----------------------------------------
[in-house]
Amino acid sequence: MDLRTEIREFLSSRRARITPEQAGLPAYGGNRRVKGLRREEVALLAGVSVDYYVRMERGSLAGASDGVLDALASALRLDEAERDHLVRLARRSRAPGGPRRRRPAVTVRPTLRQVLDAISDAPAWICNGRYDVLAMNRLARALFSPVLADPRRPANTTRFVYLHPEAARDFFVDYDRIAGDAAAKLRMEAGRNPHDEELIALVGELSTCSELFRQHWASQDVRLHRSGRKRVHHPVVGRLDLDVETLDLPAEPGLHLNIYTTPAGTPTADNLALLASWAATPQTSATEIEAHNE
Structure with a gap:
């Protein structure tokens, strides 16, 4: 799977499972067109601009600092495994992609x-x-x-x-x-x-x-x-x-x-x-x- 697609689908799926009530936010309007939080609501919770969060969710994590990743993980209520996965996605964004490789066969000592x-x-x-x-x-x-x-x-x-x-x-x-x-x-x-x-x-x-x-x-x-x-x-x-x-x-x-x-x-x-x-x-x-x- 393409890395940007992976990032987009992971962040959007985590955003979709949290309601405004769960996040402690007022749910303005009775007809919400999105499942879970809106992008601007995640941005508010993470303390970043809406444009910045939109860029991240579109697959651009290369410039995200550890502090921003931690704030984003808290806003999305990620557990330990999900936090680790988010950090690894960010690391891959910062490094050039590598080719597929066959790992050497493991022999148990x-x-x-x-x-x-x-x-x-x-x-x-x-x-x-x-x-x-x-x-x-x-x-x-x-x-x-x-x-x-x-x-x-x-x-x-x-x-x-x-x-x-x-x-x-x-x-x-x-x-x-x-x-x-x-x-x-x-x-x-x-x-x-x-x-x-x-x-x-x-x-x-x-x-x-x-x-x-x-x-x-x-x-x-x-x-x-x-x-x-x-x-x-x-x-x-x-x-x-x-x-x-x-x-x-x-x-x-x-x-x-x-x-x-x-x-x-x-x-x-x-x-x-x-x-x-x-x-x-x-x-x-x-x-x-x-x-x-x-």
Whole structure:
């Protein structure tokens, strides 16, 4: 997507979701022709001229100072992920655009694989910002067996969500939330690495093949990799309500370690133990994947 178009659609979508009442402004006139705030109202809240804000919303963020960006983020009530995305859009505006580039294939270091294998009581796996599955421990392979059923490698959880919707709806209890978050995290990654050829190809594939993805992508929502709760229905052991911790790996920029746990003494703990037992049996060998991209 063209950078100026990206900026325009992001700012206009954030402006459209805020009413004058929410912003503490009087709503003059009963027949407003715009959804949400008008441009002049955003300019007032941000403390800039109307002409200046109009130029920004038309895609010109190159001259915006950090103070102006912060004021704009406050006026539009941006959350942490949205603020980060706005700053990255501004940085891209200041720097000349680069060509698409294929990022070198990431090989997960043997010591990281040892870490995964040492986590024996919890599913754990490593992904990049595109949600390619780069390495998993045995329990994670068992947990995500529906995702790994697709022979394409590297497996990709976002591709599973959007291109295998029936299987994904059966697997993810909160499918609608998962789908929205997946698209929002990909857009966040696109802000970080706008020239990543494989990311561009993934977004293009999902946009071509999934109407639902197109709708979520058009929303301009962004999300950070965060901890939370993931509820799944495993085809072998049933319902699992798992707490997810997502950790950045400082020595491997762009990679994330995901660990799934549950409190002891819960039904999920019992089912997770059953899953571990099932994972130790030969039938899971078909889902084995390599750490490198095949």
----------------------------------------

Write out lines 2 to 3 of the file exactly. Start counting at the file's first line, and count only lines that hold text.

Amino acid sequence: MDLRTEIREFLSSRRARITPEQAGLPAYGGNRRVKGLRREEVALLAGVSVDYYVRMERGSLAGASDGVLDALASALRLDEAERDHLVRLARRSRAPGGPRRRRPAVTVRPTLRQVLDAISDAPAWICNGRYDVLAMNRLARALFSPVLADPRRPANTTRFVYLHPEAARDFFVDYDRIAGDAAAKLRMEAGRNPHDEELIALVGELSTCSELFRQHWASQDVRLHRSGRKRVHHPVVGRLDLDVETLDLPAEPGLHLNIYTTPAGTPTADNLALLASWAATPQTSATEIEAHNE
Structure with a gap: